Today Happy got off the school bus and buried his face in my hip, wrapped his arms around me, and crumpled into tears. I shuffled us quickly back to the car, worried the other kids would see him and tease him, where Happy told me that he wanted to tear his shirt off and rip it into pieces:
"Because So-and-so was teasing me! He called me a retard...and said purple is a girl color! And the other kids were laughing! And he said I'm gay!!! And I don't even know what that meeeeans!"
Instantly my heart broke for my sobbing baby. But I seethed! The blood rushed to my face. I heard whoosh-whoosh in my ears. My hands clutched the steering wheel so hard I thought I'd bend it. I clenched my jaw. Horrible violent thoughts of this bullying little jerk flew through my brain. For a moment I could feel myself turning green and muscly, my clothing ripping off my body, my rage fueling a Hulk-Mom transformation.
Instead, calmly....coolly...compassionately I told my boy that I was sorry his feelings got hurt; that purple is a very handsome color; that all the coolest men in the world (including his father) are wearing purple these days; and that the best way to deal with a mean kid is to say "Whatever," roll your eyes, and act like it doesn't bother you. I also told him that I feel sorry for people who are mean to others because I know that someone else is mean to them; I told him bullies often feel bad about themselves, and they learn meanness from others.
Then we went inside the house and ate pretzels and drank apple juice, and Happy found great delight in my cutting a pair of his ripped-knee pants into shorts. Our evening moved along as most evenings do (though I did notice he was a bit more sensitive and whiny than usual), and at bedtime we role-played the "whatever" moment. (We had to role-play a few times, of course, because the first time he "whatever'd" then kissed me...which probably wouldn't really improve the whole gay-calling thing.)
So Happy seems to have moved on from his sadness. Kids bounce. But here it is, six hours later, and I am still all riled up. My stomach is in knots. I am angry. I am hurt. There is still tension in my jaw. I am reliving all those times when I was a child (teenager, adult) and other kids mocked me. It hurts a thousand times more now because I can't shield him from these wounds. And even though I said all those kind, cool, compassionate things to my son earlier today -- and even though I meant them -- right now, this is what I really want to say to the little bag of snot who hurt my baby's feelings:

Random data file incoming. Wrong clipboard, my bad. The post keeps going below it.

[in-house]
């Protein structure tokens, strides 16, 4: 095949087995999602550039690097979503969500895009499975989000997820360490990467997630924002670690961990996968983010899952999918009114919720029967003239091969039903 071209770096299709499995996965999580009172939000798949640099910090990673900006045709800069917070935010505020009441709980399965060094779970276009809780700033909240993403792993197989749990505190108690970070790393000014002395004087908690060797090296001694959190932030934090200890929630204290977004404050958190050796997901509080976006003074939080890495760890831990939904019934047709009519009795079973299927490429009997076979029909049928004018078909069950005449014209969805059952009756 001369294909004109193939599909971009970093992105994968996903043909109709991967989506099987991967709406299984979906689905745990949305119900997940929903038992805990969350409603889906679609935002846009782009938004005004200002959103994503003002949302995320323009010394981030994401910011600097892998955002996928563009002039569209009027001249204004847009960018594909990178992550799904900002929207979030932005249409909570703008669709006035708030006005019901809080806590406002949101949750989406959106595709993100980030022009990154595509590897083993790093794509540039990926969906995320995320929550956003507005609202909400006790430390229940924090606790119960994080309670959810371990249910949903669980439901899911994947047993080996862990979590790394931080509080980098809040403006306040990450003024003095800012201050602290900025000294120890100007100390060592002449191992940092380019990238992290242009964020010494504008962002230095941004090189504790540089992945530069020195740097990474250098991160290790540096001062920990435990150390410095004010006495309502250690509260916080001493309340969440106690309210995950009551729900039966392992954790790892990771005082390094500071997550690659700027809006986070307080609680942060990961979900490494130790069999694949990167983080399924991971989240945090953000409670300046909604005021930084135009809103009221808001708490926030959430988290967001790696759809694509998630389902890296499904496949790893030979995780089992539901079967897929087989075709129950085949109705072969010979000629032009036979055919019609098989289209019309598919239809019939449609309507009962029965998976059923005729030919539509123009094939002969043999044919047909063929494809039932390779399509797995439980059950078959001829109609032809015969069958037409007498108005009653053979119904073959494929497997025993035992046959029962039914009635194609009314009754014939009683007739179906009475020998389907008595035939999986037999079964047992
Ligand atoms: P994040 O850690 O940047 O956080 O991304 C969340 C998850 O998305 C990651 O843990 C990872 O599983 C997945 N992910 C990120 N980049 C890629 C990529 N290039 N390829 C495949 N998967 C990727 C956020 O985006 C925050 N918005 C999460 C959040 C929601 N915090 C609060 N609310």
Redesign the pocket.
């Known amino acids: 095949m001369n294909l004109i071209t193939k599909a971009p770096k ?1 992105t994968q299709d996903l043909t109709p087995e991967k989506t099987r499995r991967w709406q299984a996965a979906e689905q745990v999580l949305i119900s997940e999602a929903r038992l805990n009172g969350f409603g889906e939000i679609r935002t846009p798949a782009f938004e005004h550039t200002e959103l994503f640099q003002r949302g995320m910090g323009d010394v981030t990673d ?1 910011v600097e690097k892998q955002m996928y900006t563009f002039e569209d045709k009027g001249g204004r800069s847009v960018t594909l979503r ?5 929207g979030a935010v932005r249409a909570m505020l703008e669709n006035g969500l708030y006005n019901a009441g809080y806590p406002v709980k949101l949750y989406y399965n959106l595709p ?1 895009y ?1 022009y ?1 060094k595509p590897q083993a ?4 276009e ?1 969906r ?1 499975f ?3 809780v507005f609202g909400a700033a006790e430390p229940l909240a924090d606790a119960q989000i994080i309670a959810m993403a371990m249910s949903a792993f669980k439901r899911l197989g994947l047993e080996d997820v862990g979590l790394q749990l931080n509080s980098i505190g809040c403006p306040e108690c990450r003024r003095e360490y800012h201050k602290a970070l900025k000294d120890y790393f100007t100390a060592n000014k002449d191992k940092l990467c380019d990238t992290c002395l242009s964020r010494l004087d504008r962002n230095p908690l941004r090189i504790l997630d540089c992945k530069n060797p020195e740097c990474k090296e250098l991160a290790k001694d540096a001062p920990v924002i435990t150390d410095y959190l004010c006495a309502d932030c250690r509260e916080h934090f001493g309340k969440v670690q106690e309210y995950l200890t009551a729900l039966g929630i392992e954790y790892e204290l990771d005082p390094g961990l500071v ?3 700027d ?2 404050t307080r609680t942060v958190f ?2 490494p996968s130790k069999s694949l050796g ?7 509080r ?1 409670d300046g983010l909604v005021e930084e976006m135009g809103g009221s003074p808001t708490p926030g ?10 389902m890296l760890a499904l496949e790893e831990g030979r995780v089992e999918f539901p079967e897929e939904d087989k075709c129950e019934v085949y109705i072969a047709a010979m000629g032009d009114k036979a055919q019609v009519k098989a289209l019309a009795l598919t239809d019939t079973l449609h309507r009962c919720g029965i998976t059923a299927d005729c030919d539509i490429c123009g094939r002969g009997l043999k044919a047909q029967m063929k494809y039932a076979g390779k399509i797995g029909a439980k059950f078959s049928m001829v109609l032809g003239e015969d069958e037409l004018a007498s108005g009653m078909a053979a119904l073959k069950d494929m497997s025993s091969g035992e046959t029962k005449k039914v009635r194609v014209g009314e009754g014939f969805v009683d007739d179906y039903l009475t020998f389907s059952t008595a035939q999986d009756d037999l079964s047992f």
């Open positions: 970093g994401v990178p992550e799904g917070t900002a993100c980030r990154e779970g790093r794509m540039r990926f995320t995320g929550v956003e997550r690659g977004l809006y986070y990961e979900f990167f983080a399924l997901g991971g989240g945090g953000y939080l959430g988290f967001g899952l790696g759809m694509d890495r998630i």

You, little boy, are a bratty little turd who is not worthy of even one of the tears my son shed today. You are nasty to other kids because you feel bad about yourself; maybe if you shut your mouth and spent some time being kind, you would notice that most of the children around you are amazing -- full of joy and wonder and creativity and heart.
Your parents probably have no idea that you behave this way, but I bet they wouldn't really find it troubling. In fact, they might even shrug their shoulders and tell me this is normal, that my kid has to learn how to fend for himself because life is cruel sometimes, or that it's my fault for letting you wear a purple shirt. It's possible your parents are the kind of people who laugh at me now when I pass by because I am super tall or my hair is too frizzy or my car is too old.
You will spend most of your life feeling bitter and angry because people like my son are smarter and have more friends and more imagination and do interesting things in their spare time. There will come a day, maybe 10 years from now, when my son is 6-foot-6 and weighs 250 pounds and looks right over your head like you're not even there as he walks by you with his friends; you will wish you had been nicer to him so that he'd come to your aid when some teenage thug is picking on you in the high school parking lot.
I do feel a tiny bit sorry for you, little boy, because you are probably picked on too. Any first-grade child who throws around words like gay and girl and retard as insults has heard those words from someone else. I feel sorry that you don't have the guidance and nurture that you deserve, that you don't have someone who will sit you down and explain to you that some words are double-edged daggers. But mostly I feel sorry that you haven't allowed yourself the opportunity to get to know my son, to play Star Wars or Batman with him on the playground, or to sing silly songs and dance with him in the yard, to go on adventure hikes in the woods looking for leprechauns. You are missing out on so much fun.
Next time you want to call him gay or girl or retard, know this: My son will be comfortable in his own skin, unlike you, because his parents are raising him to show love and kindness to everyone he meets -- especially gays and girls and kids with special needs -- and even you. My son wears purple because it's a royal color and he is a prince among his peers. You, little toad nugget, will never wear purple, unless it's around your eye because someone finally gets sick of your bullying and knocks you the frig out.
Oh, and by the way, WHATEVER.